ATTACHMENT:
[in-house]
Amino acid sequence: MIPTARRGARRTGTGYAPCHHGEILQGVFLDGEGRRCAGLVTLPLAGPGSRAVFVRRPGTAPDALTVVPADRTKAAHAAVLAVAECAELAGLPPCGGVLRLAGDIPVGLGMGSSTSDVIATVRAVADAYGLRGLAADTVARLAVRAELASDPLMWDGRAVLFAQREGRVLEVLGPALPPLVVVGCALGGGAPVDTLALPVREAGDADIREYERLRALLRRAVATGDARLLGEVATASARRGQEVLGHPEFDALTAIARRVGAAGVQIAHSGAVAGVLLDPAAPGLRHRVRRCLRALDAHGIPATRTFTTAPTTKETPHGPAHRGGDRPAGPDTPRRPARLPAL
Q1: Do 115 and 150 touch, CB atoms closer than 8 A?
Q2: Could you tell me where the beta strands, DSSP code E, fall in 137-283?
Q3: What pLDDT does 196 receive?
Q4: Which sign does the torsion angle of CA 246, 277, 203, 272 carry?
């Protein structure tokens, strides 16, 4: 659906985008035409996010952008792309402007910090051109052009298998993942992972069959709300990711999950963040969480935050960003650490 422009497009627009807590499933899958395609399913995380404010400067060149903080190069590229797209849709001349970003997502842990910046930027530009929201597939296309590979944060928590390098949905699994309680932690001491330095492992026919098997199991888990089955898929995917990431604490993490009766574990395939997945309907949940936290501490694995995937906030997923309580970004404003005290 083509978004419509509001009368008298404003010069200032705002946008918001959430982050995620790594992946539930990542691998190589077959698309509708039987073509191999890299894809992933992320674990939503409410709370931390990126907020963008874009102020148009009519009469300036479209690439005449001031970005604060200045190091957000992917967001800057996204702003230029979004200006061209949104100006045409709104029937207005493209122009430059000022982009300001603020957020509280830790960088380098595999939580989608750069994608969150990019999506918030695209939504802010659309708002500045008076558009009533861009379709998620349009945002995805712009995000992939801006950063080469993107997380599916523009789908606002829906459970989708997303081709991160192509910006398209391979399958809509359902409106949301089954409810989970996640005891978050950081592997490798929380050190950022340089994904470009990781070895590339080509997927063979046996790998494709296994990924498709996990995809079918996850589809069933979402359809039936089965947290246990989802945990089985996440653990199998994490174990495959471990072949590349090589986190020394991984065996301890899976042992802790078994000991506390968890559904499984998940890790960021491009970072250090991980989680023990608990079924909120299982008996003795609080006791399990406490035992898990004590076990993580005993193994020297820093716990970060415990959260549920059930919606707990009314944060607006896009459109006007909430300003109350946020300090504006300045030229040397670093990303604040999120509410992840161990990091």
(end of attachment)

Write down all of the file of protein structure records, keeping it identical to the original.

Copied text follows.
[in-house]
Amino acid sequence: MIPTARRGARRTGTGYAPCHHGEILQGVFLDGEGRRCAGLVTLPLAGPGSRAVFVRRPGTAPDALTVVPADRTKAAHAAVLAVAECAELAGLPPCGGVLRLAGDIPVGLGMGSSTSDVIATVRAVADAYGLRGLAADTVARLAVRAELASDPLMWDGRAVLFAQREGRVLEVLGPALPPLVVVGCALGGGAPVDTLALPVREAGDADIREYERLRALLRRAVATGDARLLGEVATASARRGQEVLGHPEFDALTAIARRVGAAGVQIAHSGAVAGVLLDPAAPGLRHRVRRCLRALDAHGIPATRTFTTAPTTKETPHGPAHRGGDRPAGPDTPRRPARLPAL
Q1: Do 115 and 150 touch, CB atoms closer than 8 A?
Q2: Could you tell me where the beta strands, DSSP code E, fall in 137-283?
Q3: What pLDDT does 196 receive?
Q4: Which sign does the torsion angle of CA 246, 277, 203, 272 carry?
């Protein structure tokens, strides 16, 4: 659906985008035409996010952008792309402007910090051109052009298998993942992972069959709300990711999950963040969480935050960003650490 422009497009627009807590499933899958395609399913995380404010400067060149903080190069590229797209849709001349970003997502842990910046930027530009929201597939296309590979944060928590390098949905699994309680932690001491330095492992026919098997199991888990089955898929995917990431604490993490009766574990395939997945309907949940936290501490694995995937906030997923309580970004404003005290 083509978004419509509001009368008298404003010069200032705002946008918001959430982050995620790594992946539930990542691998190589077959698309509708039987073509191999890299894809992933992320674990939503409410709370931390990126907020963008874009102020148009009519009469300036479209690439005449001031970005604060200045190091957000992917967001800057996204702003230029979004200006061209949104100006045409709104029937207005493209122009430059000022982009300001603020957020509280830790960088380098595999939580989608750069994608969150990019999506918030695209939504802010659309708002500045008076558009009533861009379709998620349009945002995805712009995000992939801006950063080469993107997380599916523009789908606002829906459970989708997303081709991160192509910006398209391979399958809509359902409106949301089954409810989970996640005891978050950081592997490798929380050190950022340089994904470009990781070895590339080509997927063979046996790998494709296994990924498709996990995809079918996850589809069933979402359809039936089965947290246990989802945990089985996440653990199998994490174990495959471990072949590349090589986190020394991984065996301890899976042992802790078994000991506390968890559904499984998940890790960021491009970072250090991980989680023990608990079924909120299982008996003795609080006791399990406490035992898990004590076990993580005993193994020297820093716990970060415990959260549920059930919606707990009314944060607006896009459109006007909430300003109350946020300090504006300045030229040397670093990303604040999120509410992840161990990091």